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IFC Supports Uzbekistan's SME Sector by Financing Asakabank


Elika Trifonova
Phone:  (202) 458 8357

Fax:  (202) 974-4384

E-mail:
Etrifonova@ifc.org


Tashkent, December 10, 2002—The International Finance Corporation (IFC), the private sector development arm of the World Bank Group, has signed an investment agreement for US$5 million credit with one of Uzbekistan’s leading banks, Asakabank. The credit line is intended for on-lending to small and medium sized companies. This is IFC’s second credit line with Asakabank.

This credit line will support Uzbekistan’s SMEs and the export sector. IFC’s first credit line financed 11 projects covering virtually all the sectors of Uzbekistan’s economy.


Gorton De Mond, IFC’s Regional Representative, said: “The proposed investment is intended to develop Uzbekistan’s export potential, create more jobs and strengthen the private sector.”


Asaka Bank was created in 1995 as a “Specialized State Joint-Stock Commercial Bank.” While it is majority state owned, it operates on a commercial basis. In July 1998, the Government of Uzbekistan announced its plans to privatize one or two state-owned banks, as part of its bank reform effort, and asked IFC and EBRD for assistance. Asaka has been selected as a candidate, and IFC and EBRD are jointly advising the Government of Uzbekistan on the sale of up to 49 percent of Asaka’s shares.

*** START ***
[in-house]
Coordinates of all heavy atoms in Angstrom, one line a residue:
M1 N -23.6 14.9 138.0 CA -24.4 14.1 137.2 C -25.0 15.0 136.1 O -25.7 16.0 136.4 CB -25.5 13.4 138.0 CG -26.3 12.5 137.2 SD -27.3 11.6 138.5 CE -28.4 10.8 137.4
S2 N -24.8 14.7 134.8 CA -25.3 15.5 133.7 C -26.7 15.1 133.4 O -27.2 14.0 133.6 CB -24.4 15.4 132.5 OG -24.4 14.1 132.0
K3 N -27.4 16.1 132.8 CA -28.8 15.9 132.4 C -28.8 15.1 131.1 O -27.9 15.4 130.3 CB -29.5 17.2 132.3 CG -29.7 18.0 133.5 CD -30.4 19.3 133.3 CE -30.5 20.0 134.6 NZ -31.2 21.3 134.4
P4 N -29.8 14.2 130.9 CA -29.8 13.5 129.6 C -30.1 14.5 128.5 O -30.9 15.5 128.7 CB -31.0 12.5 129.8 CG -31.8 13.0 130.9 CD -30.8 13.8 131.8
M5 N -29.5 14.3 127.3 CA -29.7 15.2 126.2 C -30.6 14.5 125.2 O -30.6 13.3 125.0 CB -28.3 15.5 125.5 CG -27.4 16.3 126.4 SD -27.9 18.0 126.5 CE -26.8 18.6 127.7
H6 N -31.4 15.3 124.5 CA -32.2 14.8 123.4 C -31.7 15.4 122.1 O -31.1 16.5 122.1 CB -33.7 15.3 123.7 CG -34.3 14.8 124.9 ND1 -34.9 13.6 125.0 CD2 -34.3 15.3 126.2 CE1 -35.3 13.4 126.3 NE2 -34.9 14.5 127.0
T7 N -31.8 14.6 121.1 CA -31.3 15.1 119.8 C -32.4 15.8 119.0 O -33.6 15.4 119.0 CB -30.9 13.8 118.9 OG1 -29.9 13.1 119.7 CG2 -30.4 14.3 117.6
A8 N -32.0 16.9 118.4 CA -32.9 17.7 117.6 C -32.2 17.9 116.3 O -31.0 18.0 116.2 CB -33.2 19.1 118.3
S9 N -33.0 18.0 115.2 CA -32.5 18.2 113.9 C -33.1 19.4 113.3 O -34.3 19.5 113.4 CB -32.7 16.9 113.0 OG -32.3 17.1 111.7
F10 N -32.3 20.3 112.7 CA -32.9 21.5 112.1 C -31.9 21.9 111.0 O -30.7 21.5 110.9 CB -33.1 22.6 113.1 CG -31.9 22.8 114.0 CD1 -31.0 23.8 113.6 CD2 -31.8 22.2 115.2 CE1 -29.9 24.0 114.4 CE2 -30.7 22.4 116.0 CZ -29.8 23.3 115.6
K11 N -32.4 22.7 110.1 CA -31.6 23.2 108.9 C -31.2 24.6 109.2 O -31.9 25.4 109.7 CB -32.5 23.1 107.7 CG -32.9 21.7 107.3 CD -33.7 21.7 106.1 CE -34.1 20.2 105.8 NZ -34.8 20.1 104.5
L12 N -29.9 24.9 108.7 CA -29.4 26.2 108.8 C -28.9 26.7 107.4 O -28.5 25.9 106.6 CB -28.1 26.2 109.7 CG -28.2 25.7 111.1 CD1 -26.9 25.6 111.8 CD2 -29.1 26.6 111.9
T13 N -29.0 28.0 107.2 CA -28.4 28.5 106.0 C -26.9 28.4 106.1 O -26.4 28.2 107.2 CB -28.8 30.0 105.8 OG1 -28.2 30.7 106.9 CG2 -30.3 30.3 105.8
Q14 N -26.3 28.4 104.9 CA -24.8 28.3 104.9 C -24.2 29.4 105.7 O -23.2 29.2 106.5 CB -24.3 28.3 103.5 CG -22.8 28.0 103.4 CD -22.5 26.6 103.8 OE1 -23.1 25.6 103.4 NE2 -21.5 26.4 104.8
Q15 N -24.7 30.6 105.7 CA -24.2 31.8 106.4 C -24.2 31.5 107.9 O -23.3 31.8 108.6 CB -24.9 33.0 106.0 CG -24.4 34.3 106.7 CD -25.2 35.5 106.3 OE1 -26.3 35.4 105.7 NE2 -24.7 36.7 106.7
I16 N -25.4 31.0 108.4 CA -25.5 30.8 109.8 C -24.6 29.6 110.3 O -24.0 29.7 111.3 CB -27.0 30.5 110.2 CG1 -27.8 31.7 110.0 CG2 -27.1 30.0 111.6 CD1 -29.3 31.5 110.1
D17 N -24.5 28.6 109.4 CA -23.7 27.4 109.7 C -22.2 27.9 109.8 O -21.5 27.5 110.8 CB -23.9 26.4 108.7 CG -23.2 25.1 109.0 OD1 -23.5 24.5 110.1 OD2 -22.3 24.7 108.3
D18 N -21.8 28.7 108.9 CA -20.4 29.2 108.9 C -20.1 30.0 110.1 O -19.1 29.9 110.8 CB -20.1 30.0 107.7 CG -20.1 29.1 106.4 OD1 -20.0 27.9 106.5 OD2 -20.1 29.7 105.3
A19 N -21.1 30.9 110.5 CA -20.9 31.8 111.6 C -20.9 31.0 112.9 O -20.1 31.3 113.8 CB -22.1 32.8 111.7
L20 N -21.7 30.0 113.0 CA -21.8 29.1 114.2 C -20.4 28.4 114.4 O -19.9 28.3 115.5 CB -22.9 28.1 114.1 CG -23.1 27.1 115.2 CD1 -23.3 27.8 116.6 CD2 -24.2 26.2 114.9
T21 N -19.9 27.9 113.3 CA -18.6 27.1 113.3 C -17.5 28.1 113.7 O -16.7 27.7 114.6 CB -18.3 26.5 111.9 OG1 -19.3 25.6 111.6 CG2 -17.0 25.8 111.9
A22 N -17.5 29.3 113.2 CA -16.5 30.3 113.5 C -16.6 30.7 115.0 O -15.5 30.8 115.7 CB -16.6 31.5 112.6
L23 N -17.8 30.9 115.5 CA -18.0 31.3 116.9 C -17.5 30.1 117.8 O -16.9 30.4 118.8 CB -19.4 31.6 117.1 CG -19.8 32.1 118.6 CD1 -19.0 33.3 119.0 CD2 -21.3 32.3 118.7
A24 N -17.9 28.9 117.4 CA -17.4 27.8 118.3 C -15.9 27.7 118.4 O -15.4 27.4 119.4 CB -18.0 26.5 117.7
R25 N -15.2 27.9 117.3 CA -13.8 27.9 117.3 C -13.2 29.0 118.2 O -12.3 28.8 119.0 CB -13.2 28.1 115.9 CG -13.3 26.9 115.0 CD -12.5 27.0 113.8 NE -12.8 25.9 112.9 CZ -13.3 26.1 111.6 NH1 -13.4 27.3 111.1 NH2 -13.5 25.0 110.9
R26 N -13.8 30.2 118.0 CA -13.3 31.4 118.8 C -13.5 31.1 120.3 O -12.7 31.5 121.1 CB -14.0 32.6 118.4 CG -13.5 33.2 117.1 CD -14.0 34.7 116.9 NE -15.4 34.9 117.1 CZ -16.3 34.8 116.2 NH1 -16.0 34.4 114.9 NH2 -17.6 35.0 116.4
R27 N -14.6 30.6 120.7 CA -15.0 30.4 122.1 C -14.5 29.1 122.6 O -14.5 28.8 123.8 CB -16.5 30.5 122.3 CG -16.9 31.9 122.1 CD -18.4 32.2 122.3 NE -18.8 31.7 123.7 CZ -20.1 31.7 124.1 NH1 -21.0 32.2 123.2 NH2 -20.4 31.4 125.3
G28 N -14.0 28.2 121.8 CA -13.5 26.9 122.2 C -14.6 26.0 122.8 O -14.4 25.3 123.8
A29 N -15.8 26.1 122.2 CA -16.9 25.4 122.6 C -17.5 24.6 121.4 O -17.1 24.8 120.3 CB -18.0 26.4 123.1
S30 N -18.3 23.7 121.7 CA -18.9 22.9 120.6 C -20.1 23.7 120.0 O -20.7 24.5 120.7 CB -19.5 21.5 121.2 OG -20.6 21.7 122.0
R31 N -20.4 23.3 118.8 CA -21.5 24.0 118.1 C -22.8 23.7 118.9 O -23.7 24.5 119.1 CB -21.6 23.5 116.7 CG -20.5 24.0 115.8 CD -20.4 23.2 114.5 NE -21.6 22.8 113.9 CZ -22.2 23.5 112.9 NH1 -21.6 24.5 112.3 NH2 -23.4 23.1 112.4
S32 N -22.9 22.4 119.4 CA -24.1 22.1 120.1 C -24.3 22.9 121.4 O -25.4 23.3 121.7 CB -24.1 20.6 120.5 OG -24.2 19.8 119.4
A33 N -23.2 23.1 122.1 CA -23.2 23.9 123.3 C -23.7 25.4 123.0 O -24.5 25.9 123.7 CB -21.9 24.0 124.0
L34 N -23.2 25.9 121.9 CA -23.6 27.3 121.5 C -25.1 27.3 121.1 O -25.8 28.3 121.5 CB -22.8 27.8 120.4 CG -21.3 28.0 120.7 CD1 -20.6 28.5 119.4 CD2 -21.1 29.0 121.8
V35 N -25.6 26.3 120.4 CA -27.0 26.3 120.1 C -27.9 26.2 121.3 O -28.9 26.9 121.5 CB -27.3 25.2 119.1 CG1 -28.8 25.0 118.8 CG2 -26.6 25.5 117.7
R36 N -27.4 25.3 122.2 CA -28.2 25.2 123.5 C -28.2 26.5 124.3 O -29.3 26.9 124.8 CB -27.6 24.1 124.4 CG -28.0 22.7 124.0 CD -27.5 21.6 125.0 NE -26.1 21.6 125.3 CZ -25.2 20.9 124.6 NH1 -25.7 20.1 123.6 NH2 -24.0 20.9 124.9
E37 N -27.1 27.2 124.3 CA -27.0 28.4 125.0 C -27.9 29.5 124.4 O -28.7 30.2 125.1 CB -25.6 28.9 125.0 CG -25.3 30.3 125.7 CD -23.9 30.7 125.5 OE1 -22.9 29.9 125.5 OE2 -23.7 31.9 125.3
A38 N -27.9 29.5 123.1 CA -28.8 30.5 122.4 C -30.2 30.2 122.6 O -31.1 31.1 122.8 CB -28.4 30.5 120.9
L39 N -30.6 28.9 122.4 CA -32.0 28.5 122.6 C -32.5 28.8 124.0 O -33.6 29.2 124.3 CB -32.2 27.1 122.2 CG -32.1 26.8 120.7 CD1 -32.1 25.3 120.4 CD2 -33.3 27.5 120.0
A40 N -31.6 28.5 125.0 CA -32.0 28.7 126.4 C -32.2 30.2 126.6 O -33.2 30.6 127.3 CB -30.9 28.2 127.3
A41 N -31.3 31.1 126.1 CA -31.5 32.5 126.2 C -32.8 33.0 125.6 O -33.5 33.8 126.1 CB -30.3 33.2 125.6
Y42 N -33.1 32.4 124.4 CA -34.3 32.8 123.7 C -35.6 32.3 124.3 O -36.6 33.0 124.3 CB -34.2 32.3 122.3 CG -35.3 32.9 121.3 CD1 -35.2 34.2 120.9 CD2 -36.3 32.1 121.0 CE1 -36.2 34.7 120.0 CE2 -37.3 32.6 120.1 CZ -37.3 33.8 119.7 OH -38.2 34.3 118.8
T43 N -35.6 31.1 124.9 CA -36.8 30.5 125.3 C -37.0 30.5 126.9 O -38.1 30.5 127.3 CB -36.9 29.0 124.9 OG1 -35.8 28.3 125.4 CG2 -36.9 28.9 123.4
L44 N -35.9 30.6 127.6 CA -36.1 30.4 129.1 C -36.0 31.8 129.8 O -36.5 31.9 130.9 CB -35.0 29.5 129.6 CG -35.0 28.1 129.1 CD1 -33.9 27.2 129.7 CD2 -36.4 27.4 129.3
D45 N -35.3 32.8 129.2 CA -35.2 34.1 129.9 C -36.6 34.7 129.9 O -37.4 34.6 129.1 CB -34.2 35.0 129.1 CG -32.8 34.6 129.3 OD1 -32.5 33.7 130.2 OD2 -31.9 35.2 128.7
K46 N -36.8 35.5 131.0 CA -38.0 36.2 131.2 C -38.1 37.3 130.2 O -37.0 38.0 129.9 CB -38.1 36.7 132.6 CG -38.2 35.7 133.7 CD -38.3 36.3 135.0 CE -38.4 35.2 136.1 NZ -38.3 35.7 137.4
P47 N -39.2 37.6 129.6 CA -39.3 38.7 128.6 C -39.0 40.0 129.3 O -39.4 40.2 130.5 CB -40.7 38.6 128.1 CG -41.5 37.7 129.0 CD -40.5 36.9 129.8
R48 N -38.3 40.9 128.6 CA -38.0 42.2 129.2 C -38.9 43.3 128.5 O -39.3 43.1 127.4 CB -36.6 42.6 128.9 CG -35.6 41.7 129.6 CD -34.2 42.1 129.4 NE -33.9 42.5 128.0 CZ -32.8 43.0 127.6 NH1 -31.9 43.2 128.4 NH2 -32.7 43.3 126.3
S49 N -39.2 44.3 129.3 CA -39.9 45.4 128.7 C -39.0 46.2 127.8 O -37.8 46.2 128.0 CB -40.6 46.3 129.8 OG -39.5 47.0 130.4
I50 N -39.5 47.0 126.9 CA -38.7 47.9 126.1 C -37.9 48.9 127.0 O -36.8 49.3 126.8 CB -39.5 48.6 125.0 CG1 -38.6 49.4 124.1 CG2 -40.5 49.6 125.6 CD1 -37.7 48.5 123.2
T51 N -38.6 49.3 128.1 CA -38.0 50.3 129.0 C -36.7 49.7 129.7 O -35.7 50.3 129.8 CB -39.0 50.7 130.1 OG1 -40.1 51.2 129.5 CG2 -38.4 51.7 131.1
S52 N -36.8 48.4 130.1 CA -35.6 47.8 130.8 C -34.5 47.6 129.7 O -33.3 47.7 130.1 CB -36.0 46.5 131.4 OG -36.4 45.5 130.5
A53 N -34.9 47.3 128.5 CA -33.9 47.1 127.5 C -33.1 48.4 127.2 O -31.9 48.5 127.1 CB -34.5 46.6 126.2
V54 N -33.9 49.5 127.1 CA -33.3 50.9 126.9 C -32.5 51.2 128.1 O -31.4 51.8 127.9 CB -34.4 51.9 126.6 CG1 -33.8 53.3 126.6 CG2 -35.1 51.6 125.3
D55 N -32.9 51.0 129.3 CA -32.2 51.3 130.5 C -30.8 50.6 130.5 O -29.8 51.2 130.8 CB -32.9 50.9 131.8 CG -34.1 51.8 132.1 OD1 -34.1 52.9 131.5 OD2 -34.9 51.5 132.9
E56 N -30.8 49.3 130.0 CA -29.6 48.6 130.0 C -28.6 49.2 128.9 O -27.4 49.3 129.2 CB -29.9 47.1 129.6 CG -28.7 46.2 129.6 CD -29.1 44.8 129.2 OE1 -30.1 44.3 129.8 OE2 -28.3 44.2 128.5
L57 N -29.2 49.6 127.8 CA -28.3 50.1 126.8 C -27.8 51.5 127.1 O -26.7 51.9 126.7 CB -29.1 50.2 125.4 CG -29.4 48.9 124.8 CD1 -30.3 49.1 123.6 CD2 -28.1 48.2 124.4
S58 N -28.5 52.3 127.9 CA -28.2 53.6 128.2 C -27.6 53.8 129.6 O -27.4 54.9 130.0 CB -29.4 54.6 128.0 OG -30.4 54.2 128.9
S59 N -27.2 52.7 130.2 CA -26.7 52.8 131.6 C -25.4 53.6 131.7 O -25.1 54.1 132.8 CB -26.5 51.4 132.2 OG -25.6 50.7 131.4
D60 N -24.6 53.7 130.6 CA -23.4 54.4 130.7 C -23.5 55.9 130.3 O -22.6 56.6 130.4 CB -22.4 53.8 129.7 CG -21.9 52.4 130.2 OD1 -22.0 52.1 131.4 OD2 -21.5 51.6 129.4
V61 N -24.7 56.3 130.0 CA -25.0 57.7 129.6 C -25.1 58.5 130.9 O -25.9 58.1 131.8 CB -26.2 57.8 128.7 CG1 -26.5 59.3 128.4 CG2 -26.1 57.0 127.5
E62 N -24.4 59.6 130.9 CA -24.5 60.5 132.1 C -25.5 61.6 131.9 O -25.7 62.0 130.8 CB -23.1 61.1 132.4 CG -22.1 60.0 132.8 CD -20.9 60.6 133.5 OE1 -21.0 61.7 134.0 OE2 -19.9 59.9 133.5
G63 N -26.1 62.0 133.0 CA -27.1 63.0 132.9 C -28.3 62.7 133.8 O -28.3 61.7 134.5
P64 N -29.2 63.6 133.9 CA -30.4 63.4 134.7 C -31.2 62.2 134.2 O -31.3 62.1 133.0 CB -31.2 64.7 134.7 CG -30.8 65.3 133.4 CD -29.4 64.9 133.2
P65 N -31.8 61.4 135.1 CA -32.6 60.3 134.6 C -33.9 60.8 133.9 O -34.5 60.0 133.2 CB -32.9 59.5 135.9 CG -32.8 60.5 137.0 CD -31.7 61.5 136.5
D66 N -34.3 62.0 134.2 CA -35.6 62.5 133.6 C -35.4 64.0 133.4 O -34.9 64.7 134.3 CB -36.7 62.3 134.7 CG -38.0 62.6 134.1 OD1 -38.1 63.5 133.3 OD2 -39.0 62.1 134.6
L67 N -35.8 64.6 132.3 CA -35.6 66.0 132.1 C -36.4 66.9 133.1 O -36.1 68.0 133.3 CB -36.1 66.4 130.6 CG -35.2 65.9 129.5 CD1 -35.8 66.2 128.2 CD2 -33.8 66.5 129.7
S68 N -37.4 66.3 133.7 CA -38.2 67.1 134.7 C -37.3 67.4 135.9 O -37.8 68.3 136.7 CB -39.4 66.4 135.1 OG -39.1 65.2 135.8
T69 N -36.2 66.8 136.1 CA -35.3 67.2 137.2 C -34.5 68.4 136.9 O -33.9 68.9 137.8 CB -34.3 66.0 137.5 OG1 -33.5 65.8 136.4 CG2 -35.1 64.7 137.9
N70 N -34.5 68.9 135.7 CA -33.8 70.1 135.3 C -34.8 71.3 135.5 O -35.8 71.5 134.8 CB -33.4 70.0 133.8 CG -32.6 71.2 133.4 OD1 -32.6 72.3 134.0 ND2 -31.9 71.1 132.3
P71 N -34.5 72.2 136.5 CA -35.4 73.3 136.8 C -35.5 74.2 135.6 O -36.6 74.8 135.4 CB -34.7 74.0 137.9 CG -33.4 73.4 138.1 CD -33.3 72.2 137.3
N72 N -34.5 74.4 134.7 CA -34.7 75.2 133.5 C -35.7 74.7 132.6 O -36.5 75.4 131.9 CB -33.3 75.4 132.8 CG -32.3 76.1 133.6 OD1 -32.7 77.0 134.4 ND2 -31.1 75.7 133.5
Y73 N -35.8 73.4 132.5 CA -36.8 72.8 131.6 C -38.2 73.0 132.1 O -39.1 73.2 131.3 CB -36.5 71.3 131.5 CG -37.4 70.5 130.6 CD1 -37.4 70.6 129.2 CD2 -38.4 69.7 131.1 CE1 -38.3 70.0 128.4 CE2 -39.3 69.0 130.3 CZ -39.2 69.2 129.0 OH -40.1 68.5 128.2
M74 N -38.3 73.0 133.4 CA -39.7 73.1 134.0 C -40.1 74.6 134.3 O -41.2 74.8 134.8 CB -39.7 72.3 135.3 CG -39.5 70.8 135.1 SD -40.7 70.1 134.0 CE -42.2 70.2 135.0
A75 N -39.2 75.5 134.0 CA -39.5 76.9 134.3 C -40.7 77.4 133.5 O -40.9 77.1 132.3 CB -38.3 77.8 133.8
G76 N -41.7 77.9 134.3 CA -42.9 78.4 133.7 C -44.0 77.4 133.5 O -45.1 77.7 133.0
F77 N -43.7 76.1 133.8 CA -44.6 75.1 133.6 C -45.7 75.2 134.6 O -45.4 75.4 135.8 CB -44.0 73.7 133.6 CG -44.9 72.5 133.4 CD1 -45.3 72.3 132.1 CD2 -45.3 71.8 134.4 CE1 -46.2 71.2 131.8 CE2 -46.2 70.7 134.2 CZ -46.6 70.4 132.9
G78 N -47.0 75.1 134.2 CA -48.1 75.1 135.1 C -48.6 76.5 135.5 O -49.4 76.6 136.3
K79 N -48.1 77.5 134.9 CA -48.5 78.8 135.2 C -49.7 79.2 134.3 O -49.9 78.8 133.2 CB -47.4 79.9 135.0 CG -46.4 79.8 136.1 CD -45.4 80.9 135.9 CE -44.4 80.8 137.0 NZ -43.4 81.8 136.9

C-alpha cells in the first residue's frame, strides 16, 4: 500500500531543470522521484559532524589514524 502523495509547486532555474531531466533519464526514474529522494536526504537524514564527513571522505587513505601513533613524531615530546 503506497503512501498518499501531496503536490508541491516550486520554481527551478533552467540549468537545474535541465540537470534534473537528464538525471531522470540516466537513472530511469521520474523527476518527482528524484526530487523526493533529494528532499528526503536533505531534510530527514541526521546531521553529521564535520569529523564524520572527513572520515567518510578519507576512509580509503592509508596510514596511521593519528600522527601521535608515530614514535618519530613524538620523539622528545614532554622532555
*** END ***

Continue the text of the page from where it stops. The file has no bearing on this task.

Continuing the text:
IFC’s mission (
www.IFC.org) is to promote sustainable private sector investment in developing countries, helping to reduce poverty and improve people's lives. IFC finances private sector investments in the developing world, mobilizes capital in the international financial markets, and provides technical assistance and advice to governments and businesses. Since its founding in 1956 through the close of the last fiscal year on June 30, 2002, IFC committed more than $34 billion of its own funds and arranged $21 billion in syndications for 2,825 companies in 140 developing countries. IFC's committed portfolio at the end of FY02 was $15.1 billion for our own account and $6.5 billion held for participants in loan syndications.

Asaka Bank